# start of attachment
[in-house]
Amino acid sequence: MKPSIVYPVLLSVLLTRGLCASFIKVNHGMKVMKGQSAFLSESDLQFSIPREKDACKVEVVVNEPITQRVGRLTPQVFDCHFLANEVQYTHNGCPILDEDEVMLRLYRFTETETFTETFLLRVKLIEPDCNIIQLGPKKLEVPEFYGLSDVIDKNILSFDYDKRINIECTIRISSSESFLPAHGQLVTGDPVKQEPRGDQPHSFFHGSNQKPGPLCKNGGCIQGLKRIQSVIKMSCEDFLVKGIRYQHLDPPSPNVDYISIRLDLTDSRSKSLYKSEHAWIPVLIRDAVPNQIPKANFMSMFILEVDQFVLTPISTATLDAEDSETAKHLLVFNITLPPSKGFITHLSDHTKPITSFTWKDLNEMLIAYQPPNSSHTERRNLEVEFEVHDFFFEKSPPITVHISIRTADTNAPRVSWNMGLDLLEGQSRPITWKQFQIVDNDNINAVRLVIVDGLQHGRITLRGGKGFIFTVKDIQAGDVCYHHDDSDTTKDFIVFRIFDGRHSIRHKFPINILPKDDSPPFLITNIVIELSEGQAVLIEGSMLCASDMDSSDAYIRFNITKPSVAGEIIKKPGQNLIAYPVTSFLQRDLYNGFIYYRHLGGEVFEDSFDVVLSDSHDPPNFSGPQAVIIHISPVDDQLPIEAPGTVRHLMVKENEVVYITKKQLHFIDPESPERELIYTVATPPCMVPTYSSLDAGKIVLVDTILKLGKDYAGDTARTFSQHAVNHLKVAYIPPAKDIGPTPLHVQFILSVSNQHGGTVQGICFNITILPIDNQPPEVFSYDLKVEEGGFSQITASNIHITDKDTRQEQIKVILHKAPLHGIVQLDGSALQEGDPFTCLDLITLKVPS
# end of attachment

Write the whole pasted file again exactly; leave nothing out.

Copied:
[in-house]
Amino acid sequence: MKPSIVYPVLLSVLLTRGLCASFIKVNHGMKVMKGQSAFLSESDLQFSIPREKDACKVEVVVNEPITQRVGRLTPQVFDCHFLANEVQYTHNGCPILDEDEVMLRLYRFTETETFTETFLLRVKLIEPDCNIIQLGPKKLEVPEFYGLSDVIDKNILSFDYDKRINIECTIRISSSESFLPAHGQLVTGDPVKQEPRGDQPHSFFHGSNQKPGPLCKNGGCIQGLKRIQSVIKMSCEDFLVKGIRYQHLDPPSPNVDYISIRLDLTDSRSKSLYKSEHAWIPVLIRDAVPNQIPKANFMSMFILEVDQFVLTPISTATLDAEDSETAKHLLVFNITLPPSKGFITHLSDHTKPITSFTWKDLNEMLIAYQPPNSSHTERRNLEVEFEVHDFFFEKSPPITVHISIRTADTNAPRVSWNMGLDLLEGQSRPITWKQFQIVDNDNINAVRLVIVDGLQHGRITLRGGKGFIFTVKDIQAGDVCYHHDDSDTTKDFIVFRIFDGRHSIRHKFPINILPKDDSPPFLITNIVIELSEGQAVLIEGSMLCASDMDSSDAYIRFNITKPSVAGEIIKKPGQNLIAYPVTSFLQRDLYNGFIYYRHLGGEVFEDSFDVVLSDSHDPPNFSGPQAVIIHISPVDDQLPIEAPGTVRHLMVKENEVVYITKKQLHFIDPESPERELIYTVATPPCMVPTYSSLDAGKIVLVDTILKLGKDYAGDTARTFSQHAVNHLKVAYIPPAKDIGPTPLHVQFILSVSNQHGGTVQGICFNITILPIDNQPPEVFSYDLKVEEGGFSQITASNIHITDKDTRQEQIKVILHKAPLHGIVQLDGSALQEGDPFTCLDLITLKVPS